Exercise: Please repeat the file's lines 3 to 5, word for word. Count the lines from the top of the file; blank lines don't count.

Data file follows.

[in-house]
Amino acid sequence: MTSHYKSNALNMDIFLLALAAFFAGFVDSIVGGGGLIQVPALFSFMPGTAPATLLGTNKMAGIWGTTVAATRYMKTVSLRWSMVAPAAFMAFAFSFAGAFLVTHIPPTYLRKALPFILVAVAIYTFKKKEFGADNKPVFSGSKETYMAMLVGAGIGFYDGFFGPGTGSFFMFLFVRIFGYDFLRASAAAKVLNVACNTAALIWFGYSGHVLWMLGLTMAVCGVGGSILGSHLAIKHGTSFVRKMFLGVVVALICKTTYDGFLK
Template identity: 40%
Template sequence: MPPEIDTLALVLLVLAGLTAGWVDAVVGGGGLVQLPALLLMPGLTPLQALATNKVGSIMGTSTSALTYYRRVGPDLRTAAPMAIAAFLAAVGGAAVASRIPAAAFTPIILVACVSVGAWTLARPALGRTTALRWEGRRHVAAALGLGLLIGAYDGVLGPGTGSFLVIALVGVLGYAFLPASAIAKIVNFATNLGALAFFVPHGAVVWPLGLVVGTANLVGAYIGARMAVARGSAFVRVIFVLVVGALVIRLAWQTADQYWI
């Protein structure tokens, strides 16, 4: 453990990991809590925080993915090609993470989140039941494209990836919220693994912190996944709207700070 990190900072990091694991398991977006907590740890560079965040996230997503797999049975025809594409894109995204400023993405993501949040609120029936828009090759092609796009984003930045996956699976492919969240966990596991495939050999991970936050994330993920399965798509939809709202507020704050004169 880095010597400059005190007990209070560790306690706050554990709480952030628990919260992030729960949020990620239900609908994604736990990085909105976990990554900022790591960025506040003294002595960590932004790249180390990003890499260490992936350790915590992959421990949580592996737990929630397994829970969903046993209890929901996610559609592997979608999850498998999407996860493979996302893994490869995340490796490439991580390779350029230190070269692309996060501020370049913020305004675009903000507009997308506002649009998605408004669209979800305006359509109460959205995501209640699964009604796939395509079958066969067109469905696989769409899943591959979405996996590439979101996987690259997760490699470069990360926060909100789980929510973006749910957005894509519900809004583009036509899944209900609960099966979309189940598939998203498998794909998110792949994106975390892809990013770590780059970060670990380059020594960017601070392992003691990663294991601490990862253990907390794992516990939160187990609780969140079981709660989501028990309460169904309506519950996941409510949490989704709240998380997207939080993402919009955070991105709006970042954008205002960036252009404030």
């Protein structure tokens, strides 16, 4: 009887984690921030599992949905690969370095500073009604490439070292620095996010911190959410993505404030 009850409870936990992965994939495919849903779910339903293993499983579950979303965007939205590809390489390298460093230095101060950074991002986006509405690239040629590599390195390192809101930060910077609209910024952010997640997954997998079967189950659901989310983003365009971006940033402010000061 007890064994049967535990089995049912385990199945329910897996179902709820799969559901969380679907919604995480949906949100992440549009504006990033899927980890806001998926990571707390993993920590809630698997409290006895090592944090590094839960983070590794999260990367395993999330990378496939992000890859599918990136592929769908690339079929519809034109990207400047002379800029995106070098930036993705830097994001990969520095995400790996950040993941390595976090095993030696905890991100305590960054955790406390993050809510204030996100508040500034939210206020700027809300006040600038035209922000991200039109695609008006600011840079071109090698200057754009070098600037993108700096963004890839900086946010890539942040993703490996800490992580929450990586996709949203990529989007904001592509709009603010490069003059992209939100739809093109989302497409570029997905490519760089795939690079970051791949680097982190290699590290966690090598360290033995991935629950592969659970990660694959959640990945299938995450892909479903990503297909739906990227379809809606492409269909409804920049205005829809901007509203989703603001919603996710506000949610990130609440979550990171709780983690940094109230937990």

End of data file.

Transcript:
Template identity: 40%
Template sequence: MPPEIDTLALVLLVLAGLTAGWVDAVVGGGGLVQLPALLLMPGLTPLQALATNKVGSIMGTSTSALTYYRRVGPDLRTAAPMAIAAFLAAVGGAAVASRIPAAAFTPIILVACVSVGAWTLARPALGRTTALRWEGRRHVAAALGLGLLIGAYDGVLGPGTGSFLVIALVGVLGYAFLPASAIAKIVNFATNLGALAFFVPHGAVVWPLGLVVGTANLVGAYIGARMAVARGSAFVRVIFVLVVGALVIRLAWQTADQYWI
């Protein structure tokens, strides 16, 4: 453990990991809590925080993915090609993470989140039941494209990836919220693994912190996944709207700070 990190900072990091694991398991977006907590740890560079965040996230997503797999049975025809594409894109995204400023993405993501949040609120029936828009090759092609796009984003930045996956699976492919969240966990596991495939050999991970936050994330993920399965798509939809709202507020704050004169 880095010597400059005190007990209070560790306690706050554990709480952030628990919260992030729960949020990620239900609908994604736990990085909105976990990554900022790591960025506040003294002595960590932004790249180390990003890499260490992936350790915590992959421990949580592996737990929630397994829970969903046993209890929901996610559609592997979608999850498998999407996860493979996302893994490869995340490796490439991580390779350029230190070269692309996060501020370049913020305004675009903000507009997308506002649009998605408004669209979800305006359509109460959205995501209640699964009604796939395509079958066969067109469905696989769409899943591959979405996996590439979101996987690259997760490699470069990360926060909100789980929510973006749910957005894509519900809004583009036509899944209900609960099966979309189940598939998203498998794909998110792949994106975390892809990013770590780059970060670990380059020594960017601070392992003691990663294991601490990862253990907390794992516990939160187990609780969140079981709660989501028990309460169904309506519950996941409510949490989704709240998380997207939080993402919009955070991105709006970042954008205002960036252009404030």